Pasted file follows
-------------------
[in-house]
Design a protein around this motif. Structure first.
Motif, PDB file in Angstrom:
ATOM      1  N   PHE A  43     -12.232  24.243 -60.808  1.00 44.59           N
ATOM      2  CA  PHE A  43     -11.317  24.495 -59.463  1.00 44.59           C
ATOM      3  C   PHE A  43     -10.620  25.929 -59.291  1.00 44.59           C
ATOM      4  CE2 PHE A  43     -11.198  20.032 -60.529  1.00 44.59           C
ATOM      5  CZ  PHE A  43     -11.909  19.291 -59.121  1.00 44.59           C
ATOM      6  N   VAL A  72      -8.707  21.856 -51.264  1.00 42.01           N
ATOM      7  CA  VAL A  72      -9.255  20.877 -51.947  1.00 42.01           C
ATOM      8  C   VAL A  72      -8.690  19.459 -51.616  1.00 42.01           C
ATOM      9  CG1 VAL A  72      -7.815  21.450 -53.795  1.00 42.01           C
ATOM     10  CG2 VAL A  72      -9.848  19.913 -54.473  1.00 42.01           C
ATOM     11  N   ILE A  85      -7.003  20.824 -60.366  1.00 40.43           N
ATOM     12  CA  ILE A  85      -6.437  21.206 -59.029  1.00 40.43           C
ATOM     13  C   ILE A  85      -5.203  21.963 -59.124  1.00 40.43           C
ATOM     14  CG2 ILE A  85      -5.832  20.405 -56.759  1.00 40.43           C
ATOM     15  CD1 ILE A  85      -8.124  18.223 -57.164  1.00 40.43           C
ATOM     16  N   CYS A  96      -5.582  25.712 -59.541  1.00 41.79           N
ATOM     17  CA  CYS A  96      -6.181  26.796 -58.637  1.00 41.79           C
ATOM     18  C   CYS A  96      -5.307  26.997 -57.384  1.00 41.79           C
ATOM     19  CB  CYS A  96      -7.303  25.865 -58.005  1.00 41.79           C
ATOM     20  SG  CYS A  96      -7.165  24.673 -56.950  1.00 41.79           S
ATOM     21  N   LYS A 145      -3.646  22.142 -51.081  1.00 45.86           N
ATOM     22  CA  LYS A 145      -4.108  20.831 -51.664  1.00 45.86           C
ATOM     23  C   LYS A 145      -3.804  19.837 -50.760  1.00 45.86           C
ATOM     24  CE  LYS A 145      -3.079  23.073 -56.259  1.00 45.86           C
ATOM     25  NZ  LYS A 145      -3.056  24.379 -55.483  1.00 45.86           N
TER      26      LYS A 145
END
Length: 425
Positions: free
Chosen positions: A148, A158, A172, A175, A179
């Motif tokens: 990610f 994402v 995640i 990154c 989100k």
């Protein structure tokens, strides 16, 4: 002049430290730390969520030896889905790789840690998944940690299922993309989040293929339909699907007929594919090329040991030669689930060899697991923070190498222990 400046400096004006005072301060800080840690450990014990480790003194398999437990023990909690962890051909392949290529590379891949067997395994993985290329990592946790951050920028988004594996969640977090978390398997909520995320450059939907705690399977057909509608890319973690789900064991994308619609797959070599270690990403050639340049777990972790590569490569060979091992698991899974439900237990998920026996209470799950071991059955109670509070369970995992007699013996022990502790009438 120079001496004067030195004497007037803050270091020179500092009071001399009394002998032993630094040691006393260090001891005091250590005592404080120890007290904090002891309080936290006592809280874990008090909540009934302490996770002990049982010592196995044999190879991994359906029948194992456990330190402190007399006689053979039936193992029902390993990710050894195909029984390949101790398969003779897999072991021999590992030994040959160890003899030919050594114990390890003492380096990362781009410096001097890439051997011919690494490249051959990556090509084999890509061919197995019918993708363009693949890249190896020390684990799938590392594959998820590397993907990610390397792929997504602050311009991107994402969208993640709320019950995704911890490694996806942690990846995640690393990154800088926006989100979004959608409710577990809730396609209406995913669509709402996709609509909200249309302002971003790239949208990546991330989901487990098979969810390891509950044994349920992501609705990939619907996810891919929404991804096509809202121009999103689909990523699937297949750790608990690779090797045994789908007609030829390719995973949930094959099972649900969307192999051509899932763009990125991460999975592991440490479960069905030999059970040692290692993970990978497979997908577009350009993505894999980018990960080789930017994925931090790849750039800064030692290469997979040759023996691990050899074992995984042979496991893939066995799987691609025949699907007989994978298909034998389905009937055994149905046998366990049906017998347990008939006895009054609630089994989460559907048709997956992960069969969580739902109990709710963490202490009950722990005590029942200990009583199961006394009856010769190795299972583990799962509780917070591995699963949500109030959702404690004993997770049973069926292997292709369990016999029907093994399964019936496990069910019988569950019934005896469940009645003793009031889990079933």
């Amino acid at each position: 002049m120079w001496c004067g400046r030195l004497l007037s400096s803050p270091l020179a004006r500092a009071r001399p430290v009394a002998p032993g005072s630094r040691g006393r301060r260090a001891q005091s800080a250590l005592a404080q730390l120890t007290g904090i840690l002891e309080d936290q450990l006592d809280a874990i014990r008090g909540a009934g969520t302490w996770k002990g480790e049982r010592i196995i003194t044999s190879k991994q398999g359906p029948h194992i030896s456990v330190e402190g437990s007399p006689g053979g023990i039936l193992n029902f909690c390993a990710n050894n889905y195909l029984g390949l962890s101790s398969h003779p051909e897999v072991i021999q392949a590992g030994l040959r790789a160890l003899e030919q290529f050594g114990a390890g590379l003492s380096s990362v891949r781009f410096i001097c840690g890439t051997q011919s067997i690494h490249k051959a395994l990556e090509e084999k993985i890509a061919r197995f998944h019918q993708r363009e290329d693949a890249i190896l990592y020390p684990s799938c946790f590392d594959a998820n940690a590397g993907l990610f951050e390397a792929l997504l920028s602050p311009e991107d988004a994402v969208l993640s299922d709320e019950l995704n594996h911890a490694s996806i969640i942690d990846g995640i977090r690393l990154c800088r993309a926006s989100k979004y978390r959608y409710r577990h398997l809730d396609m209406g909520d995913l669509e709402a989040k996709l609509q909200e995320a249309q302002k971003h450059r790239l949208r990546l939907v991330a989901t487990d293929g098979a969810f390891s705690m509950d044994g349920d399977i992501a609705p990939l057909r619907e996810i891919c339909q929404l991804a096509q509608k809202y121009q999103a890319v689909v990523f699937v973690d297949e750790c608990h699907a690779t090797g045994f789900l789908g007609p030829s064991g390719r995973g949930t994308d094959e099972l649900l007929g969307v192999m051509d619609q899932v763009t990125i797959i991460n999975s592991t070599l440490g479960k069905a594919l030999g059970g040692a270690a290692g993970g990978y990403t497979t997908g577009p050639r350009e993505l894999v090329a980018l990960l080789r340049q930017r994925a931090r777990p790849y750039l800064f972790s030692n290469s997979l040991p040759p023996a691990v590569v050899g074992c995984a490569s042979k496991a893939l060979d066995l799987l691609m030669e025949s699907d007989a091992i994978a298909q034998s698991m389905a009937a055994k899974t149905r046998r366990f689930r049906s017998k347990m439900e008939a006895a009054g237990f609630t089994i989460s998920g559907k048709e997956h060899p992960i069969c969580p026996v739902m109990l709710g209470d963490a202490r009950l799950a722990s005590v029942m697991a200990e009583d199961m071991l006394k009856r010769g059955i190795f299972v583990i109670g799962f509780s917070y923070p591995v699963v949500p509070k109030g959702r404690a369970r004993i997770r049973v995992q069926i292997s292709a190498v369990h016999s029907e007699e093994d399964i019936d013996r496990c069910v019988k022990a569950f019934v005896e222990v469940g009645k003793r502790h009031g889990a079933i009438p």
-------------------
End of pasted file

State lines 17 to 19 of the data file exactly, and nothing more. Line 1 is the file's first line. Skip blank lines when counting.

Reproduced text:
ATOM     14  CG2 ILE A  85      -5.832  20.405 -56.759  1.00 40.43           C
ATOM     15  CD1 ILE A  85      -8.124  18.223 -57.164  1.00 40.43           C
ATOM     16  N   CYS A  96      -5.582  25.712 -59.541  1.00 41.79           N